Higher education institutions are mining and analyzing student data to effect educational, political, and managerial outcomes. Done under the banner of “learning analytics,” this work can—and often does—surface sensitive data and information about, inter alia, a student’s demographics, academic performance, offline and online movements, physical fitness, mental wellbeing, and social network. With these data, institutions and third parties are able to describe student life, predict future behaviors, and intervene to address academic or other barriers to student success (however defined). Learning (...)
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  49. Knowing What Matters.Richard Yetter Chappell - 2017 - In Peter Singer (ed.), Does Anything Really Matter? Essays on Parfit on Objectivity. Oxford University Press. pp. 149-167.
    Parfit's On What Matters offers a rousing defence of non-naturalist normative realism against pressing metaphysical and epistemological objections. He addresses skeptical arguments based on (i) the causal origins of our normative beliefs, and (ii) the appearance of pervasive moral disagreement. In both cases, he concedes the first step to the skeptic, but draws a subsequent distinction with which he hopes to stem the skeptic's advance. I argue, however, that these distinctions cannot bear the weight that Parfit places on them. A (...)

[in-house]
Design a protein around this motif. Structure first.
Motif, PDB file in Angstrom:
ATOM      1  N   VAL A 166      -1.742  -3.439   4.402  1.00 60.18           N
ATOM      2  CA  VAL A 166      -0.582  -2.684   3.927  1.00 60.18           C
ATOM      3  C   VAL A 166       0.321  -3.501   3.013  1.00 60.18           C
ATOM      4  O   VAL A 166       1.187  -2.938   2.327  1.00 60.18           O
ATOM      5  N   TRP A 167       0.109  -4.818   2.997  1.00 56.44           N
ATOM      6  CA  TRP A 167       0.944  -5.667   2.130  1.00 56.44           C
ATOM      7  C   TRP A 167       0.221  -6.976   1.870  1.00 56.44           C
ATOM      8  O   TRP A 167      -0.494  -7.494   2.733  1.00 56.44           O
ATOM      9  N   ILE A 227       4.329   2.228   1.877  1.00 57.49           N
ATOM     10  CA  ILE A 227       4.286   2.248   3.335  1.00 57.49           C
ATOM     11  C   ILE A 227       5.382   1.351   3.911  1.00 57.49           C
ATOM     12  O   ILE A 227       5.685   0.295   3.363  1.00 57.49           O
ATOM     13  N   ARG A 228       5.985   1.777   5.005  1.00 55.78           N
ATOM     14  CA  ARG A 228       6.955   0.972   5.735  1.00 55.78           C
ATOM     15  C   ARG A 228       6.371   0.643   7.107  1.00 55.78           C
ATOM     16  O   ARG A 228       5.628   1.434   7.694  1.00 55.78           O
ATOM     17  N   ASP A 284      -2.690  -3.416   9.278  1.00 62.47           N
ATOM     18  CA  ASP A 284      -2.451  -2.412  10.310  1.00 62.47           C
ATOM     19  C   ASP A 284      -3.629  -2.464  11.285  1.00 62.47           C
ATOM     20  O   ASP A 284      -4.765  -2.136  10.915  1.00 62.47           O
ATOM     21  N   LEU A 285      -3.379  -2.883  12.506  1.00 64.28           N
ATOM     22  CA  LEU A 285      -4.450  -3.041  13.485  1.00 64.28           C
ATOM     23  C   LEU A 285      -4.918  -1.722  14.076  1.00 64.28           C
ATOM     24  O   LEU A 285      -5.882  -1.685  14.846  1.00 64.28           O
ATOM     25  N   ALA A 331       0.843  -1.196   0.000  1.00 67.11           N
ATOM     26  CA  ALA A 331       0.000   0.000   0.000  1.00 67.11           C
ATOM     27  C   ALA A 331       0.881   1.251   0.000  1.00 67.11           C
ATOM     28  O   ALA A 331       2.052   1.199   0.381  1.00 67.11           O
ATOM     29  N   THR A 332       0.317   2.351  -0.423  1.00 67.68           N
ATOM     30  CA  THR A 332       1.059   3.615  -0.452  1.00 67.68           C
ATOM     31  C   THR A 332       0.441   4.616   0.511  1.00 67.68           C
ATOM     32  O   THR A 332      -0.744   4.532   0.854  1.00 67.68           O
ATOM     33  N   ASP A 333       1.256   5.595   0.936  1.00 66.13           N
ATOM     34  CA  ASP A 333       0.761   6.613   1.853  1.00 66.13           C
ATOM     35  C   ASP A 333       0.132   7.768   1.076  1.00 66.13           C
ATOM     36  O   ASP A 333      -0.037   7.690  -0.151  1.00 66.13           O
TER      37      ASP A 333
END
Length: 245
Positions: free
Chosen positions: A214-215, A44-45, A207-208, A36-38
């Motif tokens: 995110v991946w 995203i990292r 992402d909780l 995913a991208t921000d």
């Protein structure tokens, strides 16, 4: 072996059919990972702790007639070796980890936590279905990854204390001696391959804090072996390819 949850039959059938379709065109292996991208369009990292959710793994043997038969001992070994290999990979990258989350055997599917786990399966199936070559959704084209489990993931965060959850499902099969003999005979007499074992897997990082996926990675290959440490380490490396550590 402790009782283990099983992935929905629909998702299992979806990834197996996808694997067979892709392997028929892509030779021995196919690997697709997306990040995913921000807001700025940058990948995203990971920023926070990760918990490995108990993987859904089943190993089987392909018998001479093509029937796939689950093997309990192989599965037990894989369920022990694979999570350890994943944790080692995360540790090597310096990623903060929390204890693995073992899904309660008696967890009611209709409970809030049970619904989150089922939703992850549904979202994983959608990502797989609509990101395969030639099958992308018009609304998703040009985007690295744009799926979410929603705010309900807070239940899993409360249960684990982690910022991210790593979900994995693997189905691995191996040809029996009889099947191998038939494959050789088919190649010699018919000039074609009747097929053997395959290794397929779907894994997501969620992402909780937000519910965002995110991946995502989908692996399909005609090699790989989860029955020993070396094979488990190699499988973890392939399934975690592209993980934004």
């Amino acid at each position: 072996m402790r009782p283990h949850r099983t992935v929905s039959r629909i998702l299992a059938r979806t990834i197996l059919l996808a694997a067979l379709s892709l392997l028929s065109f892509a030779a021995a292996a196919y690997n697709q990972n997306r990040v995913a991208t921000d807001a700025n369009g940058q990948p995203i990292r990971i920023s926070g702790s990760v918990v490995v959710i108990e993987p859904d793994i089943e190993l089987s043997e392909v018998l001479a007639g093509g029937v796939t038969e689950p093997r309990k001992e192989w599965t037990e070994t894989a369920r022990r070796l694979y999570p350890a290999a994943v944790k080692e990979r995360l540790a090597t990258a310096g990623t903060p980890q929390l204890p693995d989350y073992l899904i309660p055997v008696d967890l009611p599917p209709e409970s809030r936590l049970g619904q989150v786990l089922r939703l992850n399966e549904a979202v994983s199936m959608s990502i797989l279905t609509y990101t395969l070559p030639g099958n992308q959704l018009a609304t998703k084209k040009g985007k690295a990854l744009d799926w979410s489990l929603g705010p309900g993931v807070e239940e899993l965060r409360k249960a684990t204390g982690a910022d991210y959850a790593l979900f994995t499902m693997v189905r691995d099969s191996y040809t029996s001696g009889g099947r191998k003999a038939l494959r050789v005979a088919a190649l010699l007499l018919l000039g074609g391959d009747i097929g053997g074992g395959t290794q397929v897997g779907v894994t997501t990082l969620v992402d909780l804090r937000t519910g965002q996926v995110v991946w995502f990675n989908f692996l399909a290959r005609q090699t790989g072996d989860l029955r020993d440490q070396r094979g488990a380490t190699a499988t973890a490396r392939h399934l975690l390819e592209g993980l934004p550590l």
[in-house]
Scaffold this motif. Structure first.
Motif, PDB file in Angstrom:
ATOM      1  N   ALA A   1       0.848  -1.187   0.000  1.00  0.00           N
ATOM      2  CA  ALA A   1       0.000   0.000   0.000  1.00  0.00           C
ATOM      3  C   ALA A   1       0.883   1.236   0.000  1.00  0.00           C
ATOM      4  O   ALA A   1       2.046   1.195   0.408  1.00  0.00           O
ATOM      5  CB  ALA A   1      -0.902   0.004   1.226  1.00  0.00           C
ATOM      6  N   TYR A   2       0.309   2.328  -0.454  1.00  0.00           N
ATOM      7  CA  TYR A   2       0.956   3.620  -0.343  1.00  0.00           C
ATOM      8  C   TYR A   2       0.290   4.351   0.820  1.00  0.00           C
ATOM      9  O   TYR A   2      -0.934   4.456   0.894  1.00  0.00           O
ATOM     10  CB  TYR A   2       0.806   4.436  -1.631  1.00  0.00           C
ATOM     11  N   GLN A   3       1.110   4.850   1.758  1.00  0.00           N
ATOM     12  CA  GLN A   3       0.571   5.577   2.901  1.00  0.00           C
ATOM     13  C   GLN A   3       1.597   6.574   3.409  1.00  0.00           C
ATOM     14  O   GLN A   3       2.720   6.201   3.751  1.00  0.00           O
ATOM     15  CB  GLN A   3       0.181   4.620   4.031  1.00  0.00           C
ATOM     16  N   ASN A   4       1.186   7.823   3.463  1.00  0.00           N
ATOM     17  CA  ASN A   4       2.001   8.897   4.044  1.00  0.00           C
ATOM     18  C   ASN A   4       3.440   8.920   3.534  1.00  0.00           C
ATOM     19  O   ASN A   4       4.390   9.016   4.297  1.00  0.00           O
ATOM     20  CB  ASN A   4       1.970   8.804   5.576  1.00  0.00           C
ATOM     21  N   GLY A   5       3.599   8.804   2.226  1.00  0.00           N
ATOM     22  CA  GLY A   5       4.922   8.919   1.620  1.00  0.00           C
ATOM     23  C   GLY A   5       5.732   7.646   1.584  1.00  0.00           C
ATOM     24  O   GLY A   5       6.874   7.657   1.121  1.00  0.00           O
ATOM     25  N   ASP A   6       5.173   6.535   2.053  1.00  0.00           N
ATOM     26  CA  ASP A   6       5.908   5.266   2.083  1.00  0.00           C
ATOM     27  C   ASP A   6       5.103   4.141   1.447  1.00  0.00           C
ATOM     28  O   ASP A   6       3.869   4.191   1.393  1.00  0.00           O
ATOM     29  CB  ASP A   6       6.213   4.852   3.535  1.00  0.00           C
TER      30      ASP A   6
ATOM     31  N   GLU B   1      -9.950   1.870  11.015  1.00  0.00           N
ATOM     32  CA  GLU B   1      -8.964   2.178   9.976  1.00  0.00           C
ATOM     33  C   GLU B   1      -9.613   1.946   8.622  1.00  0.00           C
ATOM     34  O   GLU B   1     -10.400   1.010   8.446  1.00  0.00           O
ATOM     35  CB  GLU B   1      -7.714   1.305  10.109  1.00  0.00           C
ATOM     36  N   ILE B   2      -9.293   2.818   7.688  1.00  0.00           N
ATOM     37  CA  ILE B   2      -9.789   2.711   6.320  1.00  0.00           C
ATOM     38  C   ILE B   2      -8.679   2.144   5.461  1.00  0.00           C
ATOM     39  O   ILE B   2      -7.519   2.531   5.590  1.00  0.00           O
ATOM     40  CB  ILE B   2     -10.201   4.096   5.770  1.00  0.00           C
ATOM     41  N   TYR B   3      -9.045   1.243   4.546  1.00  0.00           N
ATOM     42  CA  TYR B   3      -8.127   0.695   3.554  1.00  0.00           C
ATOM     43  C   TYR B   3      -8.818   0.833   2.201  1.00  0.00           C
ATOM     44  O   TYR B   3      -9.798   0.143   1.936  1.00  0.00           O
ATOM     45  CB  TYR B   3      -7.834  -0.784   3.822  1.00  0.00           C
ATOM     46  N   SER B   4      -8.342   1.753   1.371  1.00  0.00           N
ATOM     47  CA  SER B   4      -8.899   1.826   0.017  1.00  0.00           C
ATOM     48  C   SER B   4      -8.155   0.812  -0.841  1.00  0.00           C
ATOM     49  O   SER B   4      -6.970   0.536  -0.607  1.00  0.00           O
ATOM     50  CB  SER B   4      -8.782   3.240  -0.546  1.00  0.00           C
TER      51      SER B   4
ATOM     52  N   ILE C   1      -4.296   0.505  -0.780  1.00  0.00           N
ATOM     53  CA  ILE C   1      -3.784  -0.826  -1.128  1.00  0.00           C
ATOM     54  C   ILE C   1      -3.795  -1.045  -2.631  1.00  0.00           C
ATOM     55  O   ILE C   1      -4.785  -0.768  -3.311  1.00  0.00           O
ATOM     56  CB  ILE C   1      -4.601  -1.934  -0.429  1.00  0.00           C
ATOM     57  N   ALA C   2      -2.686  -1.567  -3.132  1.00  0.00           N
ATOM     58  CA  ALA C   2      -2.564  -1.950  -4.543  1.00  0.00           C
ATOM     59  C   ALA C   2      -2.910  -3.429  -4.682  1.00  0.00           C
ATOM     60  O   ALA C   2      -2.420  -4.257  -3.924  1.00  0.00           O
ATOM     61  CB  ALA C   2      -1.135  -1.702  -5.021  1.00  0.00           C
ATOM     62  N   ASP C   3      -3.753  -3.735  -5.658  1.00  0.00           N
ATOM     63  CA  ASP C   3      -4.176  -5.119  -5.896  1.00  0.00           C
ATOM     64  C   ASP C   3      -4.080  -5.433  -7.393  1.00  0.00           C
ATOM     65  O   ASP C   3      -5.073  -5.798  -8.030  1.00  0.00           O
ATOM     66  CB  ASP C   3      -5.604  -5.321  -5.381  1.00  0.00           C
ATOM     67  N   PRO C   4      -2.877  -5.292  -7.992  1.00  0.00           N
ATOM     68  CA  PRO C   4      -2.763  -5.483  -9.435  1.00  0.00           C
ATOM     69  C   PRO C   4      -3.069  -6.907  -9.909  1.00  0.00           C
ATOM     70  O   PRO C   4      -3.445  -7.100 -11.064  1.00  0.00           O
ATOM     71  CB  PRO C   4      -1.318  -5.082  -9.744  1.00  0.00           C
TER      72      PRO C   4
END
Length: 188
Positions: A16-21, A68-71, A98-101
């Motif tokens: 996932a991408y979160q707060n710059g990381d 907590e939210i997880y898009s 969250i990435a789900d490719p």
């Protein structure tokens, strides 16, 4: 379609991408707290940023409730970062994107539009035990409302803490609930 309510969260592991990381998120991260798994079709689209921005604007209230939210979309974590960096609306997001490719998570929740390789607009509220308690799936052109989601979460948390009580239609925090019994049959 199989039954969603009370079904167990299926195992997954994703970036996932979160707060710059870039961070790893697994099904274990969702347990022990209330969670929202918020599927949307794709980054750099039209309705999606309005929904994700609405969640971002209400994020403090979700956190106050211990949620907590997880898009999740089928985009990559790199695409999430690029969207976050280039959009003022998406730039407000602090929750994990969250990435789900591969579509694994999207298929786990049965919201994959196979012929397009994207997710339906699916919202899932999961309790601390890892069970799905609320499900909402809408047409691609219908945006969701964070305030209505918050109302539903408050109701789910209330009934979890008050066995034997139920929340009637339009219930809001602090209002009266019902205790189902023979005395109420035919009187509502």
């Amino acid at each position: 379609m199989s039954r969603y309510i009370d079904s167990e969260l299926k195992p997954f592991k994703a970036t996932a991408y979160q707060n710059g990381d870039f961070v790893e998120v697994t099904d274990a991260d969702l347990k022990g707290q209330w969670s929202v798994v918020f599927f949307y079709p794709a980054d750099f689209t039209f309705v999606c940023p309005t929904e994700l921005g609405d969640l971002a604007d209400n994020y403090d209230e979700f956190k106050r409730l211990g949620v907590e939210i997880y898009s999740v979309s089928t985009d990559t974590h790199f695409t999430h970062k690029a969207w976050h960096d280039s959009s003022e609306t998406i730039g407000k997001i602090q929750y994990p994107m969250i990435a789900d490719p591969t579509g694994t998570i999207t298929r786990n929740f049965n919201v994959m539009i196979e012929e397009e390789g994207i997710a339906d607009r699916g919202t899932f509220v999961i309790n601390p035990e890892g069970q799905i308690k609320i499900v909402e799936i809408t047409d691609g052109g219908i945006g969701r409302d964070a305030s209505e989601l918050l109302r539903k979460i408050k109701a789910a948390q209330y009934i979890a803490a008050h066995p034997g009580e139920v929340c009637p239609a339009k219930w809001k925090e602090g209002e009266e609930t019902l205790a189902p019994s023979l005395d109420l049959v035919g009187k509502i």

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  50. Methods Matter: Beating the Backward Clock.Murray Clarke, Fred Adams & John A. Barker - 2017 - Logos and Episteme 8 (1):99-112.
    In “Beat the (Backward) Clock,” we argued that John Williams and Neil Sinhababu’s Backward Clock Case fails to be a counterexample to Robert Nozick’s or Fred Dretske’s Theories of Knowledge. Williams’ reply to our paper, “There’s Nothing to Beat a Backward Clock: A Rejoinder to Adams, Barker and Clarke,” is a further attempt to defend their counterexample against a range of objections. In this paper, we argue that, despite the number and length of footnotes, Williams is still wrong.